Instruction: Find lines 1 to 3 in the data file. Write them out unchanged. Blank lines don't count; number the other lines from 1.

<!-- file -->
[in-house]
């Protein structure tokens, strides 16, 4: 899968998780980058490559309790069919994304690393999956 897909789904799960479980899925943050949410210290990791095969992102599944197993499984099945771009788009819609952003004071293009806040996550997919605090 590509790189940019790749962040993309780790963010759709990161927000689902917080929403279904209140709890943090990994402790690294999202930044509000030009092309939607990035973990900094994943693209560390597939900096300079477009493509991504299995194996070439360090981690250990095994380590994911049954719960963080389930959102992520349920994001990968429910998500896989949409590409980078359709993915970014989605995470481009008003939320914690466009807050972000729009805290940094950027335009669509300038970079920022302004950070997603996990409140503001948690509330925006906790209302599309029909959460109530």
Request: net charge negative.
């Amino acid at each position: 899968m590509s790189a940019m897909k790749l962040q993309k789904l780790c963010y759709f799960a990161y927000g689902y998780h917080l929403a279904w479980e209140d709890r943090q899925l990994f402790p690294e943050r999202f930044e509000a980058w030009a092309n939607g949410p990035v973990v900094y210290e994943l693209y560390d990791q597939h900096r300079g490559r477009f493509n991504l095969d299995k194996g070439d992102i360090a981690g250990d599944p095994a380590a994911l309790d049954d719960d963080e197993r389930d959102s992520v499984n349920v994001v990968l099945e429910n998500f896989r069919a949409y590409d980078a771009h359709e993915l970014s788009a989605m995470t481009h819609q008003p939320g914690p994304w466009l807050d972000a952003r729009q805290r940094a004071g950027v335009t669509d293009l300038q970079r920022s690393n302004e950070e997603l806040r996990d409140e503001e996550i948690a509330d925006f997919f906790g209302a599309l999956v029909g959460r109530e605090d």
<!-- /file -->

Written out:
[in-house]
């Protein structure tokens, strides 16, 4: 899968998780980058490559309790069919994304690393999956 897909789904799960479980899925943050949410210290990791095969992102599944197993499984099945771009788009819609952003004071293009806040996550997919605090 590509790189940019790749962040993309780790963010759709990161927000689902917080929403279904209140709890943090990994402790690294999202930044509000030009092309939607990035973990900094994943693209560390597939900096300079477009493509991504299995194996070439360090981690250990095994380590994911049954719960963080389930959102992520349920994001990968429910998500896989949409590409980078359709993915970014989605995470481009008003939320914690466009807050972000729009805290940094950027335009669509300038970079920022302004950070997603996990409140503001948690509330925006906790209302599309029909959460109530």
Request: net charge negative.